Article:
Until recent times, many societies throughout the world did not have any words for liberty or freedom -- such words were created or imported on contact with Western civilization. In Europe, the Romance languages (French, Italian, Spanish, etc.) generally have a word derived from the Latin libertas, whereas the Germanic languages (German, Dutch, Danish, Swedish, etc.) generally have a word derived from the Old Teutonic frijo. But English alone has two words: liberty and freedom.
In his new book Liberty and Freedom: A Visual History of America's Founding Ideas (which I finished reading last night), David Hackett Fischer explores the tangled and expansive history of liberty and freedom in America. Refreshingly, he explores them not as abstract, philosophical ideas, but as folkways or what Tocqueville called "habits of the heart". The result is a rich, fascinating history of America and Americans, unlike any I have ever read.
The concept at the base of the word "liberty" is "to be released from an existing bond" -- a person at liberty was, in ancient times, no longer a slave. The concept at the base of the word "free" is "to be a member of an independent tribe or nation" ("free" comes from the same Indo-European root as "friend"). Liberty is an individualistic idea; freedom is a communal idea. Liberty assumes a structure of power that grants rights and liberties; freedom assumes no such power structure, but instead assumes that a group (historically a tribe, more recently a nation) is naturally sovereign and independent, and that the individuals in that group derive their independence from the independence of the group. The fact that English has both notions -- compounded by the fact that Americans have always been close to obsessed with both liberty and freedom -- has led to a tangled, inconsistent, but ultimately inspiring national experience in America. Not that America is perfect -- far from it. But David Hackett Fischer shows that both liberty and freedom have continued to expand and grow during the sixteen generations of American society.
He also explains some of the conundrums of American politics. Why did the Federalists fail in the early 1800s, the Whigs in the mid-1800s, the Democrats in the late 1800s, the Republicans in the early to middle 1900s, the Democrats since around 1980? While William Strauss and Neil Howe in The Fourth Turning (which I read last week) would ascribe it all to generational evolution, David Hackett Fischer argues that the political party that is most successful at any given time in American history is the one that identifies most closely with liberty and freedom. Now, one could certainly quibble that New Deal Democrats and Bush Republicans are far from true friends of liberty and freedom; but one can at the same time recognize that they were more successful in claiming the mantle of liberty and freedom than their opponents (who might have focused instead on equality, which generally does not resonate with Americans).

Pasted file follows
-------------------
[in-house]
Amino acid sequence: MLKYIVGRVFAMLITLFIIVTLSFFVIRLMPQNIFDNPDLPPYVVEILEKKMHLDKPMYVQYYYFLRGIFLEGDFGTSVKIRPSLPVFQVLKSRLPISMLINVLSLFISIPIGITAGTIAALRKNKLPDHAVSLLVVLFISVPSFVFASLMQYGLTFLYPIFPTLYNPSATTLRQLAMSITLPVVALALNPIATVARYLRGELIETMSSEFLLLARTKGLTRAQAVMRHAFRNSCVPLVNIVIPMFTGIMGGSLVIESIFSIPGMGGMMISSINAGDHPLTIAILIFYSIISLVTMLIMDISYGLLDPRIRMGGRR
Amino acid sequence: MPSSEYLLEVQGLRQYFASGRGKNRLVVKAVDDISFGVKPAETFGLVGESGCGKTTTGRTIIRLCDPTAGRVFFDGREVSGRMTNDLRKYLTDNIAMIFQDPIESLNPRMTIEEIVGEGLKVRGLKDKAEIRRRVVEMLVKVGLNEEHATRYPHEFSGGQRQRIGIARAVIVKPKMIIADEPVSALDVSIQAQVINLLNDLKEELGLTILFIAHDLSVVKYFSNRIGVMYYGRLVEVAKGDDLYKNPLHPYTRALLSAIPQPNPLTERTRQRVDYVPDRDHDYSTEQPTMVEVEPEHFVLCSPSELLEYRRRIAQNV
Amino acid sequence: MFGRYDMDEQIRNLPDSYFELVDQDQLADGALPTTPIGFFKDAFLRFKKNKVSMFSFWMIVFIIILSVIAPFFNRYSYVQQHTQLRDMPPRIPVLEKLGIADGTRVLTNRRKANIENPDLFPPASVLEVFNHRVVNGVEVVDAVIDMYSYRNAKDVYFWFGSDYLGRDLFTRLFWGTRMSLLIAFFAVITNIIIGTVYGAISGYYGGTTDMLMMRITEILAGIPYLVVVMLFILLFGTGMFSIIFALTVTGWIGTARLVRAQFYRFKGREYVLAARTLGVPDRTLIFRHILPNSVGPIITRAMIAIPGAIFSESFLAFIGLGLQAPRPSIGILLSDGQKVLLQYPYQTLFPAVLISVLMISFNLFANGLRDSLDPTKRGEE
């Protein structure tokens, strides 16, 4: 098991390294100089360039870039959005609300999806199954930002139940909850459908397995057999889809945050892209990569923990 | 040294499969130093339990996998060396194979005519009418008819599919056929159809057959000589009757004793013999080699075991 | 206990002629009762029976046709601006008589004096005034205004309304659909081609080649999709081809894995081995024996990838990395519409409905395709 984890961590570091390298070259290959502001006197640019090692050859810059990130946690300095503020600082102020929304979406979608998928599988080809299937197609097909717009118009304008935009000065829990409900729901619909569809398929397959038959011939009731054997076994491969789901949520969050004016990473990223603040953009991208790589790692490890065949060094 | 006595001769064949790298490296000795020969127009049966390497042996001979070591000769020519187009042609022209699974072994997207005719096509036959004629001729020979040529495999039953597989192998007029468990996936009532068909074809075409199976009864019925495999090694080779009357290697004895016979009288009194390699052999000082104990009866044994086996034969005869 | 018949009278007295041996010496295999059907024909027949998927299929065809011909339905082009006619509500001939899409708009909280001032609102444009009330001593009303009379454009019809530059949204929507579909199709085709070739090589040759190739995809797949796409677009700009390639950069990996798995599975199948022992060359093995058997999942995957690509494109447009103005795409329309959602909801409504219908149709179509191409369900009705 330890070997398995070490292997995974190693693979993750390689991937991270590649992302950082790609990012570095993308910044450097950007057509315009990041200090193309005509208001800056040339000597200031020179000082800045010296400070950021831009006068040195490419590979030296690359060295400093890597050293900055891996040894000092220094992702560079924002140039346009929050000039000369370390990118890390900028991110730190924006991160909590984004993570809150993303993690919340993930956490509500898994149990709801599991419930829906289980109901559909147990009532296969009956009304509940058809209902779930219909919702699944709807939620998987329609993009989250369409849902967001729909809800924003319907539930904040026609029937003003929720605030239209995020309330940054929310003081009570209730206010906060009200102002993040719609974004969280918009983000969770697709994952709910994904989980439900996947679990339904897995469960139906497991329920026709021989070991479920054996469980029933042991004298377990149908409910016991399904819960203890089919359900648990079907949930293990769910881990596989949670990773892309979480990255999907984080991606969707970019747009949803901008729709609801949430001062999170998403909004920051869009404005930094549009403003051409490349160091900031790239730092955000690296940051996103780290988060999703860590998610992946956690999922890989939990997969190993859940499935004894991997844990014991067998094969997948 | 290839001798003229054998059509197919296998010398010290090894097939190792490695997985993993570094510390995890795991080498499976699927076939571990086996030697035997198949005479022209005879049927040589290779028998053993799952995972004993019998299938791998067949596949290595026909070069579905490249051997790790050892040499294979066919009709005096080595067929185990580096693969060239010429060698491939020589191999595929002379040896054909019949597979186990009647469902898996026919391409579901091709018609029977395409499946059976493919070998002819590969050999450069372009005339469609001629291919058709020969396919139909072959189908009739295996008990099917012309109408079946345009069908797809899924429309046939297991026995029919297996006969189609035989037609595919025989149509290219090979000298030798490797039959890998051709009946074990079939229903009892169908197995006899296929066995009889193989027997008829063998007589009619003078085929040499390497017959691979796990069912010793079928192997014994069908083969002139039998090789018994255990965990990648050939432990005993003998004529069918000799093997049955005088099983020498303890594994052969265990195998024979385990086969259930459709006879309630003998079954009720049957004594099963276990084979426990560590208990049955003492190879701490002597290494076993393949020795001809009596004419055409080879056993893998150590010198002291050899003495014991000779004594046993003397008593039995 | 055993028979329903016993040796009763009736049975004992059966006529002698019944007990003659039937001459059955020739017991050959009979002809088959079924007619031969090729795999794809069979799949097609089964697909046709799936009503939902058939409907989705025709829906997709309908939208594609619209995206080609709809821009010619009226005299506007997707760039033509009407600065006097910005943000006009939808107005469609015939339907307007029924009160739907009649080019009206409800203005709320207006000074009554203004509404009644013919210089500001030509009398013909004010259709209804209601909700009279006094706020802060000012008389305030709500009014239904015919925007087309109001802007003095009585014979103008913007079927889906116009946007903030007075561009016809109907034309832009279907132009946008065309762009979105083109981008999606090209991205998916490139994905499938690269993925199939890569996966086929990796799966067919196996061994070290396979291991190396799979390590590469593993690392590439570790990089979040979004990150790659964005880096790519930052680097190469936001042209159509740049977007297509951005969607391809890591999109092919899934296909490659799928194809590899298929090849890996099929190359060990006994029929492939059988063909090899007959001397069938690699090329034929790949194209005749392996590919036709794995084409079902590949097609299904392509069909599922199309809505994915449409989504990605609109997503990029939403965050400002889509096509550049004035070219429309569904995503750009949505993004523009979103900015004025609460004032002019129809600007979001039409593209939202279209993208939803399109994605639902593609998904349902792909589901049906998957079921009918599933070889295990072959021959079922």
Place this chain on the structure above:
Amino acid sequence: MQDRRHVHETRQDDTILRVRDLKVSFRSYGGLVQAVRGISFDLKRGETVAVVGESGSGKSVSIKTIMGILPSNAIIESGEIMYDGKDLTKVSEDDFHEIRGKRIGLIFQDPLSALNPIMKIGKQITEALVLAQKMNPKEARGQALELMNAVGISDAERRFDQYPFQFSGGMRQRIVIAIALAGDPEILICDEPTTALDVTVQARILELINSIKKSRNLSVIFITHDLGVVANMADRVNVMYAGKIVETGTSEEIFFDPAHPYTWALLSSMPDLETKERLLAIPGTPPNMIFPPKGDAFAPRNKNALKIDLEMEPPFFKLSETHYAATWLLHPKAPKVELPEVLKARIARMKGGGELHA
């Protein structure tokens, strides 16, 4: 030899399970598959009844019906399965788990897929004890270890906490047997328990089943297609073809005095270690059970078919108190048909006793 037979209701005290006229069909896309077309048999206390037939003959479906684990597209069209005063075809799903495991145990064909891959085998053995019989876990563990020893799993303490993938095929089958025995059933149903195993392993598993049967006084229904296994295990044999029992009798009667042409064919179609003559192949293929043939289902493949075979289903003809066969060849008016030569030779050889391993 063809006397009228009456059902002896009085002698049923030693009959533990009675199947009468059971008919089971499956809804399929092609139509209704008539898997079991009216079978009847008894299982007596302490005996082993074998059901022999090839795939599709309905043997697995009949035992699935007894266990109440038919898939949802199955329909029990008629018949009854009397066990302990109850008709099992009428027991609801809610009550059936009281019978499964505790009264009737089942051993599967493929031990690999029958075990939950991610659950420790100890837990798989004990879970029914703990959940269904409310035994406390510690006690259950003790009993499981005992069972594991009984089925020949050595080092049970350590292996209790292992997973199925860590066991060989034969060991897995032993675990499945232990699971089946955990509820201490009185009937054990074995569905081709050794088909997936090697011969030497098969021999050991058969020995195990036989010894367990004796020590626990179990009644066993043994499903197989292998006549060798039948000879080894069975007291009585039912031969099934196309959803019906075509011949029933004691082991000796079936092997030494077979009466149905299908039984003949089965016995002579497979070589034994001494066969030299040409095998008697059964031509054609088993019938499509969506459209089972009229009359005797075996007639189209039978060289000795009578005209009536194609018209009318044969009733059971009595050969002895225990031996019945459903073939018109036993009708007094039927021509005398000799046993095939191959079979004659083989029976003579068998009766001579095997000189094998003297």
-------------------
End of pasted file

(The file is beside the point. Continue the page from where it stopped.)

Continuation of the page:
The book is subtitled "A Visual History of America's Founding Ideas", and in that respect it does not disappoint. Although the book has plenty of words (700+ pages' worth!), it also analyzes and explains the many visions and symbols of liberty and freedom in American history: liberty trees, liberty poles, state and national flags, symbolic animals such as snakes and porcupines and the American eagle, American Indians as symbols of American freedom, the goddess Columbia, Miss Liberty, Yankee Doodle, Brother Jonathan, Uncle Sam, and iconic Americans such as George Washington, Ben Franklin, Thomas Jefferson, Abraham Lincoln, and Martin Luther King. He traces the meaning of liberty and freedom not only in politics but more fundamentally in society: in personal behavior, human interaction, organizations, styles of dress, art, music, literature, and much else besides.
For me personally as a recovered Randian and mellowing libertarian, perhaps the main benefit of the book was that it imparts an overwhelming sense of the American context: where we are, how we got here, and what is possible -- and not possible -- to achieve in American society and politics (hint: anarcho-capitalism is a non-starter). Many libertarians like to hearken back to some golden age in 1776 or the nineteenth century, from which height we have fallen to a modern state of tyranny. Even if that were an accurate account of the course of American freedom (which it is not), it would not especially matter, because what's important is where we stand today and realistically what can be achieved in our lifetimes. Perfection or utopia is not an option. (I'm still not ruling out meta-utopia, though... ;-)
All in all, Liberty and Freedom is a worthy sequel to Albion's Seed.
Peter Saint-Andre > Journal